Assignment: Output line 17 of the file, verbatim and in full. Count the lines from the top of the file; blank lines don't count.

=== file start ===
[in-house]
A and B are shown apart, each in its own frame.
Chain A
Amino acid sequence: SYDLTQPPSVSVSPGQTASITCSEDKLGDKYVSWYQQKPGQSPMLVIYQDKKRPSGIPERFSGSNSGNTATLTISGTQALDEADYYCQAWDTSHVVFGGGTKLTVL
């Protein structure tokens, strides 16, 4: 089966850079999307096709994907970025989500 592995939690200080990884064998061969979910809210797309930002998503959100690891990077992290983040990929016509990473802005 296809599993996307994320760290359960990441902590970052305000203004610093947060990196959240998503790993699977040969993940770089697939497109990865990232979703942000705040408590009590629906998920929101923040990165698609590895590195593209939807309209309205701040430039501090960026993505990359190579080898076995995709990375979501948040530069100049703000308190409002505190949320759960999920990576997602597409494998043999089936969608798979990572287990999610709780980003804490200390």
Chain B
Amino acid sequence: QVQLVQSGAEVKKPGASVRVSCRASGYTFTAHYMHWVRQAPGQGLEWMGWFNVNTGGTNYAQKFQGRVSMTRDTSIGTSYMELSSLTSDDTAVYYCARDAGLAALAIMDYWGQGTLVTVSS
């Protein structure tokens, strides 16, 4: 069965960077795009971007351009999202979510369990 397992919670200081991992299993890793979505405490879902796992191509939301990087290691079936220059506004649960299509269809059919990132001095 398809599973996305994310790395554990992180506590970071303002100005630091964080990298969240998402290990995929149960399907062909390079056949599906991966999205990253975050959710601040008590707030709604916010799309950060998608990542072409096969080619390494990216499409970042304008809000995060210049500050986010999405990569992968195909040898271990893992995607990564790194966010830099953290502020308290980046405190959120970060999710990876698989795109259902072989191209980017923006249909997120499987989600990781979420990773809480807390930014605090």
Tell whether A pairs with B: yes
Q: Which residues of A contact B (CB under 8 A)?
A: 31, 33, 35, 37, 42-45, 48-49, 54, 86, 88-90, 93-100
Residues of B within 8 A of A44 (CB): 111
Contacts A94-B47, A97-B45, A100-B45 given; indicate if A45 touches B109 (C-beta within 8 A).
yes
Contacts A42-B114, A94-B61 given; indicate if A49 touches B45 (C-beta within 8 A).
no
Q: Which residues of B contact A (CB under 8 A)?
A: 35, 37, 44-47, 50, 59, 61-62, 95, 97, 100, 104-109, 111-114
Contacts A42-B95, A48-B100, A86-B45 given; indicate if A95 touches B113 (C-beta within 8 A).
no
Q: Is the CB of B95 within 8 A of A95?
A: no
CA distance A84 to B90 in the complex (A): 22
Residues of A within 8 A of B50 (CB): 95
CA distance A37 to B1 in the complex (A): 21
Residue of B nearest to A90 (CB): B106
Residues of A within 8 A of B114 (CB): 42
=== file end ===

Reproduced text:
Q: Which residues of B contact A (CB under 8 A)?